I eat fast. I love taking huge mouthfuls of food and I’m usually the first one finished at the table. Maybe it’s because I’m Italian and have spent years becoming comfortable stuffing my mouth with large, heaping forkfuls, roped in spaghetti.
Besides eating quickly, I often find that when I eat I need something to do. As if the single act of eating isn’t entertaining enough, I read nutrition information on the back of cereal boxes, flip through magazines or gaze at coffee-stained study notes. Sometimes I even eat standing up or on a moving subway train.
However, when we eat quickly, we find that we don’t concentrate on the experience of eating. We let the act pass us by and, without warning, find ourselves staring at an empty plate. This results in us feeling less satisfied after a meal and often eating more than our fill. Eating quickly and “mindlessly” can be attributed to the high rates of irritable bowel syndrome, food allergies and obesity that we see in our population. One of the best pieces of nutritional advice I’ve received is, rather than focusing on what to eat, we should be focusing on how to eat. So, taking a page from a Buddhist’s book, here are some tips on how to integrate mindfulness into your eating practice.
1) Make each meal a real meal. Rather than eating on the run, straight out of the bag/box or standing up, set out a place-mat (even if you’re alone) and utensils, dole out a portion of food on a plate and sit down to enjoy it. Also, adding a glass of wine can only ever help.
2) Focus on each bite. My grandfather legendarily chews each bite of food 20 times. Well, I’ve tried to do that and found it impossible. However, I find that it helps to simply experience the food in my mouth, the texture and the flavours. I pay attention to the (few) bites I take, experience the mouth-feel of food and appreciate the quality. How many fast-food or processed meals have we raced through only to find that, when eating the same food again, this time really paying attention, we realize the food actually tastes like crap? Likewise, if we eat mindfully, a simple carrot can be the sweetest, most delicious thing we’ve tasted.
3) The dinner table is a sacred space. When mealtime conversation is loud, rowdy and tense, it becomes hard to focus on our food and digest. The optimal digestive atmosphere is calm, non-stimulating and restful. Conversation should be light, and focus should be on eating. Our Asian Medicine professor always tells us that, in Chinese cafeterias, all that can be heard is the clanging of spoons on bowls; loud chatter during mealtimes is frowned upon in the Chinese culture simply because a quiet dining area is crucial for proper digestion.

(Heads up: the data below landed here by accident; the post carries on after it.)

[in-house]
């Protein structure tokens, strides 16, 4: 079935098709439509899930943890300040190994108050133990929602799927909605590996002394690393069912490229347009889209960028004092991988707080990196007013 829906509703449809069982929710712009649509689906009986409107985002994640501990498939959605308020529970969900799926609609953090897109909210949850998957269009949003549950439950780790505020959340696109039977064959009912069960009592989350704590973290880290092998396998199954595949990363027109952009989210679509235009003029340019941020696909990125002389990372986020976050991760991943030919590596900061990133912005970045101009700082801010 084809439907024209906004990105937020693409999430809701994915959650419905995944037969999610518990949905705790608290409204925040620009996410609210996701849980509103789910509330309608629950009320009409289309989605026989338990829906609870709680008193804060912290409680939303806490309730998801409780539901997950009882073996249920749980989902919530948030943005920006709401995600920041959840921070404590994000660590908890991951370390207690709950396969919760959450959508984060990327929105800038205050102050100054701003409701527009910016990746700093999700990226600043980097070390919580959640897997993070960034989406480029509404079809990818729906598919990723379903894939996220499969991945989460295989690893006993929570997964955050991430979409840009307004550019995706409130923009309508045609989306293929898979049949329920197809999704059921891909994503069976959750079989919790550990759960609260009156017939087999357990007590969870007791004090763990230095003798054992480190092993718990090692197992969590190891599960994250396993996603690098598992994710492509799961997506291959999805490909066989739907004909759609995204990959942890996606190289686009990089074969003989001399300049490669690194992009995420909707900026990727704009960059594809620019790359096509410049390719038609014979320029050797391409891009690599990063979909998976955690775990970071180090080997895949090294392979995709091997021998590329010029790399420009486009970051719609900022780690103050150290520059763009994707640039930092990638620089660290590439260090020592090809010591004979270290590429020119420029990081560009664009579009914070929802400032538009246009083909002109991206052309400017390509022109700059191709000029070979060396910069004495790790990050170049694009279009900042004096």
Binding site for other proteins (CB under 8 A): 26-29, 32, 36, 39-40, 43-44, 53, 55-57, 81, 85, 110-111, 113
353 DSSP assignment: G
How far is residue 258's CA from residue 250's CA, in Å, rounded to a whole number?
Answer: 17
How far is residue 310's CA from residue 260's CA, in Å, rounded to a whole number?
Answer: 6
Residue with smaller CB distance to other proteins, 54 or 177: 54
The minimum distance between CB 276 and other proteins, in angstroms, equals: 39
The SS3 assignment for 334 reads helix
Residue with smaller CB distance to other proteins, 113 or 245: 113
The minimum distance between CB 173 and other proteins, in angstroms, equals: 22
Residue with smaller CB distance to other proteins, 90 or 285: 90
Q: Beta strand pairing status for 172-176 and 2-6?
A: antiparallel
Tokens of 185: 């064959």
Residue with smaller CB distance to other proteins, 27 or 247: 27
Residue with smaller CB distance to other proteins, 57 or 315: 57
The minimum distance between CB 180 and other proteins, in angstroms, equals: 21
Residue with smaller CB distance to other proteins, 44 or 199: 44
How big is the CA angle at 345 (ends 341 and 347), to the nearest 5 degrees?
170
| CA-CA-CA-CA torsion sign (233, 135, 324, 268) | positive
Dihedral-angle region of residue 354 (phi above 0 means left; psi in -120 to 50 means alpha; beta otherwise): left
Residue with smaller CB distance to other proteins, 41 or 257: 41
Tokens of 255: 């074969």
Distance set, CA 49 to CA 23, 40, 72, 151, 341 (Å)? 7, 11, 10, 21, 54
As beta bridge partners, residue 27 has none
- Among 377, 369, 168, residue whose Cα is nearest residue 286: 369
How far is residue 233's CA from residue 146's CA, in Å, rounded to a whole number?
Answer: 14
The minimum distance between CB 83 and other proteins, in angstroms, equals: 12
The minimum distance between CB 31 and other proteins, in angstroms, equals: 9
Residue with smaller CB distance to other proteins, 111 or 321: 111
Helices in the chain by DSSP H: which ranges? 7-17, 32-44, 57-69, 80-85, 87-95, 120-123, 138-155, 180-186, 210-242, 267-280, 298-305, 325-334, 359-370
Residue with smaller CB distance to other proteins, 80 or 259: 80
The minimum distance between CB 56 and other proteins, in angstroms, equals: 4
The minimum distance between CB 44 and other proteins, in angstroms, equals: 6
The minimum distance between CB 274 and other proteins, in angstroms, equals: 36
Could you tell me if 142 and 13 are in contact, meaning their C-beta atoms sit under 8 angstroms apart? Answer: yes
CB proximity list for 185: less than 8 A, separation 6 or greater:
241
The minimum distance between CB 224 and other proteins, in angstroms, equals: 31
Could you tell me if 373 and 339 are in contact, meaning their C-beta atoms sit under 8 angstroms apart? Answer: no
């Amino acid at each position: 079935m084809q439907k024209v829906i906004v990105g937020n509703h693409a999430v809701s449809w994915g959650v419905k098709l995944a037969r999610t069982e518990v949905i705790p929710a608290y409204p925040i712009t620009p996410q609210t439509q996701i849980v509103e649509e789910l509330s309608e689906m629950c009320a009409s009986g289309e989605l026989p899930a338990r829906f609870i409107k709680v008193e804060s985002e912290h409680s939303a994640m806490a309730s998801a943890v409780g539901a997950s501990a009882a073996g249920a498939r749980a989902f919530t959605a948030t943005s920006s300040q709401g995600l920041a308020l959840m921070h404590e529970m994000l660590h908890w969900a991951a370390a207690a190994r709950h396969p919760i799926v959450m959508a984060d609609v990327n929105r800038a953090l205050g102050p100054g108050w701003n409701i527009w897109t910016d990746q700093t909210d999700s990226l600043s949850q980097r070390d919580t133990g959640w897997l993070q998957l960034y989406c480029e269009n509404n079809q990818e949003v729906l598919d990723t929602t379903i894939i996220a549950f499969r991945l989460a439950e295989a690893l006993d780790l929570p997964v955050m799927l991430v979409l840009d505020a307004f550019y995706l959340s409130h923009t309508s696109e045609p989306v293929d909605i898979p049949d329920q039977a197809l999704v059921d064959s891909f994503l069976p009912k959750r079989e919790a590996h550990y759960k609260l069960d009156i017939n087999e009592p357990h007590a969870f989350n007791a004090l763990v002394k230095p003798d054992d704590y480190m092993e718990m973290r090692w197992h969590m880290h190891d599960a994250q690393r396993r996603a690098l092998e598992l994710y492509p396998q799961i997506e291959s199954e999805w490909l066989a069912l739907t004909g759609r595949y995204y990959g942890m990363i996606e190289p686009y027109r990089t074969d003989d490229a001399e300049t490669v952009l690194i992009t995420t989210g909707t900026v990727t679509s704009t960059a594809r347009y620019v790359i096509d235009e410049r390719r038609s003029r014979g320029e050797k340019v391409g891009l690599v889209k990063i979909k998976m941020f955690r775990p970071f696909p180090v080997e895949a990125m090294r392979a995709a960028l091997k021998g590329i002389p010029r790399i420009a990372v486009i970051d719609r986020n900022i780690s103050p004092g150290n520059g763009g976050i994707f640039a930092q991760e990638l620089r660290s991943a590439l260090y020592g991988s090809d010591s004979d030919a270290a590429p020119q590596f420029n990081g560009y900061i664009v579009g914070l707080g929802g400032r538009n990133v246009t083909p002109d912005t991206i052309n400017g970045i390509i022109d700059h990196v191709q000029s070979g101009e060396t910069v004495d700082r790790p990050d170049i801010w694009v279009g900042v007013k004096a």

4) Start each meal with gratitude. Even silently saying thank you before chowing down is enough to set the tone for the meal. Each ingredient traveled a long way to get to our plates and required effort from generations of farmers who dedicate their lives to growing the food that we so rapidly inhale. Because we are disconnected from the process of growing most of the food we eat, the journey the food takes to get to our plates and, oftentimes, the process of cooking the food we eat, we become disconnected from food itself. We develop a disconnected relationship with food in general and, because food ultimately becomes our bodies, we grow disconnected to ourselves. Taking time to appreciate the food on our plates is an important step in cultivating bodily awareness.
5) Do most of your own cooking. Food preparation can be a mindful process in and of itself as well as an opportunity to unwind at the end of a long day, rather than simply another task on the to-do list. Focusing on the experience of chopping vegetables and measuring ingredients, combined with smelling the cooking food can help begin the process of digestion and create a relationship with the meal you’re about to eat.
6) Grow something edible. Even when living in a small apartment in a large city, J and I grew small plants and herbs in a window planter box. We had basil, cilantro, calendula and mint growing outside our window, whose leaves we would regularly pluck to add to various recipes. Even our modest garden was enough to connect the process of growing our food to the act of ingesting it, developing more awareness about what we put into our bodies.
Establishing a connection with food – the act of growing, preparing and mindfully eating the food we ingest every day – increases the connection we have to our bodies. It helps us experience the act of eating, become more aware of what and how much we put into our bodies while cultivating satisfaction and appreciation for the food we eat.